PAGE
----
TeriAnn's Guide to Aladdin Mantle Lamps

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Aladdin Model C Nashville Lamps


Aladdin model C Nashville wick adjuster knob
Aladdin model C Nashville
Nashville, Tenn"


Aladdin model C wick adjustment knob
Brass Model C Brazil burner from Nashville model C tooling

The Aladdin model C Nashville burner was quickly designed as a result of a major flood that destroyed the tooling for the model B burner.  Sales of kerosene lamps had seriously declined in the U.S. after World War II.  This was the first new burner design from Aladdin in 21 years. This burner had to be designed on the quick with a focus on cost reduction. Cost reduction meant minimizing the number of parts and assembly steps.

These new Model C burners were sold with a new inexpensive line of aluminum lamps

Either a set of the Nashville model tooling was sent down to Brazil to be used with lamps sold into South America or A version of the lamp was made in the US with Model C Brazil markings.  There are no indication of it being manufactured in the US and  has made in Brazil markings.  Because of the label on the wick adjuster knob it is more likely that a duplicate set of Nashville model C tooling was sent to Brazil.

Later, modifications were made to the Brazil model C tooling to improve the model C design.  Unfortunately, the design improvements were defeated when the decision was made to cost reduce the Brazil modified burner by making it out of steel instead of the more expensive brass.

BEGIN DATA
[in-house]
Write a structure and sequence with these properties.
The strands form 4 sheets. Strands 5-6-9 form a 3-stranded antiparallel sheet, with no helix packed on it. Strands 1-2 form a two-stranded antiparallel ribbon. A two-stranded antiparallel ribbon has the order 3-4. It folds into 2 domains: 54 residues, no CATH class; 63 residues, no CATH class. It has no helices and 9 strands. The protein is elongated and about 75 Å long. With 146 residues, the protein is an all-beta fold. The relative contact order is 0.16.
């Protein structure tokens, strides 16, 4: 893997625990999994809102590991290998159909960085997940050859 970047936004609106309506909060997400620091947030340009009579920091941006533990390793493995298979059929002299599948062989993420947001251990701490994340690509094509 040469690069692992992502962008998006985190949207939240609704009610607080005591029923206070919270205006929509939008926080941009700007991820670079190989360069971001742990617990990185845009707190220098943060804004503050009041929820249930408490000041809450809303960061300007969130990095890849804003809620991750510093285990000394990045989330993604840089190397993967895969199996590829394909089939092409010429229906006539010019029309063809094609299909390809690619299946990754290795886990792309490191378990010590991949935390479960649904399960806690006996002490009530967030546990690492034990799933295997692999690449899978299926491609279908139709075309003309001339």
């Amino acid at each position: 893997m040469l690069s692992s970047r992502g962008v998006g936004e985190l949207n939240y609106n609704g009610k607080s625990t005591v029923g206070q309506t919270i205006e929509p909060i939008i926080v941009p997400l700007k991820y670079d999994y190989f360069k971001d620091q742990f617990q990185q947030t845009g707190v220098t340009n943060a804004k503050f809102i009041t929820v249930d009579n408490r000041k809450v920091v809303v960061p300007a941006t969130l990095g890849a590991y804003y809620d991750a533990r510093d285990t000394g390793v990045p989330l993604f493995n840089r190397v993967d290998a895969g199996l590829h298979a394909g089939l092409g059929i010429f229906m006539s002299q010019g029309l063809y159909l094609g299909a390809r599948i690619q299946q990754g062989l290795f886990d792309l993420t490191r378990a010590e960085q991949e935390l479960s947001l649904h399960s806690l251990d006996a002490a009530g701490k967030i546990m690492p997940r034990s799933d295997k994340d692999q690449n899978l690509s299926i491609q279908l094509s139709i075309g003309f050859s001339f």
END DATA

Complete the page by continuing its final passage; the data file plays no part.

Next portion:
Documents (pdf):




Aladdin Model C Nashville Burner:

Aladdin model C Nashville in box


Aladdin model C Nashville burner disassembled

Aladdin Model C Nashville burner, view 2


Aladdin model C Nashville burner view 3


Aladdin model C burner base top view

Aladdin model C burner base bottom view
Note the 4 small holes at the bottom of the burner base.  This is to allow any unburned kerosene caught inside the burner base to return to the lamp bowl

A close up view of the simplified Model C burner base. The designers moved the C shaped brace that kept the wick adjuster gear against the wick holder gear from the burner base to the wick holder. This not only simplified burner base construction  but it made the gear less apt to slip  out of the rack teeth. They also reverted back to the Model A burner idea of inserting the wick from the top which simplifies construction.

Aladdin Model C wick riser
The greatly simplified Model C wick holder Arms now slip inside metal slots on the side of the wick. the straight gear has become rectangular holes stamped out of the side of the raiser. The round gear at the end of the wick adjuster shaft fits inside the grove and the gear teeth fit inside the wick adjuster gear holes. The 'C' shaped other end holds the gear firmly in place.  It replaces the 'C' shaped brace in earlier burner bases that held the gear against the wick adjuster teeth.  The new method not only provides a cost reduction but also results in a stronger brace to keep the gears together and reduce wick adjuster slippage.  This method was carried on to all later burner designs.